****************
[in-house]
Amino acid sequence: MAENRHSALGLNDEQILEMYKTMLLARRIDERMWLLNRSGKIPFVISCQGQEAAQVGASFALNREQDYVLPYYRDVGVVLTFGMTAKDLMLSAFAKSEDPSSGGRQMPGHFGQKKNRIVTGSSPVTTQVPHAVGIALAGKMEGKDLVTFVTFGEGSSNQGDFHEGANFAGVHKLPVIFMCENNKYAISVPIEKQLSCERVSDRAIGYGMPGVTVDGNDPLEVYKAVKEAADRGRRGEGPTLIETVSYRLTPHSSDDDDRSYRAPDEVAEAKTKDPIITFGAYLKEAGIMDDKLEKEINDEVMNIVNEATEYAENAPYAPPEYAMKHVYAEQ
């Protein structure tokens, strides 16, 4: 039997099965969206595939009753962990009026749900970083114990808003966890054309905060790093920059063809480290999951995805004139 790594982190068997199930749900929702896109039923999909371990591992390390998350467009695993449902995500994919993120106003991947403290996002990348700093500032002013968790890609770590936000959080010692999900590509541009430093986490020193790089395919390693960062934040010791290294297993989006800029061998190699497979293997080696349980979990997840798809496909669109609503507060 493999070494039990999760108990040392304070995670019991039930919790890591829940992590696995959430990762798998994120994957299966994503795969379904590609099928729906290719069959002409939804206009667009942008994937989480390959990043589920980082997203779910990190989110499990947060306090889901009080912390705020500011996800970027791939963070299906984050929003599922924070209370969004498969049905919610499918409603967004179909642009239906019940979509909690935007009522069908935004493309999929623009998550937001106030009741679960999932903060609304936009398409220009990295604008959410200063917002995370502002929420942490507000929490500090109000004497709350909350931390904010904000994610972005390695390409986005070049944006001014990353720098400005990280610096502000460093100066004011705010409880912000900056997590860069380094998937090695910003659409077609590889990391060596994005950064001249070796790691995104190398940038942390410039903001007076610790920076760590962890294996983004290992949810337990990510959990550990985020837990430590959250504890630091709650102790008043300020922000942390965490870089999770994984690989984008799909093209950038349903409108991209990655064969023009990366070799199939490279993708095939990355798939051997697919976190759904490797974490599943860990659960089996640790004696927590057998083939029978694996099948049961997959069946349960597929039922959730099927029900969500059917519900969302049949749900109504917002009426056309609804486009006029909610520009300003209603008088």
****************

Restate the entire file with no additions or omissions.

[in-house]
Amino acid sequence: MAENRHSALGLNDEQILEMYKTMLLARRIDERMWLLNRSGKIPFVISCQGQEAAQVGASFALNREQDYVLPYYRDVGVVLTFGMTAKDLMLSAFAKSEDPSSGGRQMPGHFGQKKNRIVTGSSPVTTQVPHAVGIALAGKMEGKDLVTFVTFGEGSSNQGDFHEGANFAGVHKLPVIFMCENNKYAISVPIEKQLSCERVSDRAIGYGMPGVTVDGNDPLEVYKAVKEAADRGRRGEGPTLIETVSYRLTPHSSDDDDRSYRAPDEVAEAKTKDPIITFGAYLKEAGIMDDKLEKEINDEVMNIVNEATEYAENAPYAPPEYAMKHVYAEQ
């Protein structure tokens, strides 16, 4: 039997099965969206595939009753962990009026749900970083114990808003966890054309905060790093920059063809480290999951995805004139 790594982190068997199930749900929702896109039923999909371990591992390390998350467009695993449902995500994919993120106003991947403290996002990348700093500032002013968790890609770590936000959080010692999900590509541009430093986490020193790089395919390693960062934040010791290294297993989006800029061998190699497979293997080696349980979990997840798809496909669109609503507060 493999070494039990999760108990040392304070995670019991039930919790890591829940992590696995959430990762798998994120994957299966994503795969379904590609099928729906290719069959002409939804206009667009942008994937989480390959990043589920980082997203779910990190989110499990947060306090889901009080912390705020500011996800970027791939963070299906984050929003599922924070209370969004498969049905919610499918409603967004179909642009239906019940979509909690935007009522069908935004493309999929623009998550937001106030009741679960999932903060609304936009398409220009990295604008959410200063917002995370502002929420942490507000929490500090109000004497709350909350931390904010904000994610972005390695390409986005070049944006001014990353720098400005990280610096502000460093100066004011705010409880912000900056997590860069380094998937090695910003659409077609590889990391060596994005950064001249070796790691995104190398940038942390410039903001007076610790920076760590962890294996983004290992949810337990990510959990550990985020837990430590959250504890630091709650102790008043300020922000942390965490870089999770994984690989984008799909093209950038349903409108991209990655064969023009990366070799199939490279993708095939990355798939051997697919976190759904490797974490599943860990659960089996640790004696927590057998083939029978694996099948049961997959069946349960597929039922959730099927029900969500059917519900969302049949749900109504917002009426056309609804486009006029909610520009300003209603008088």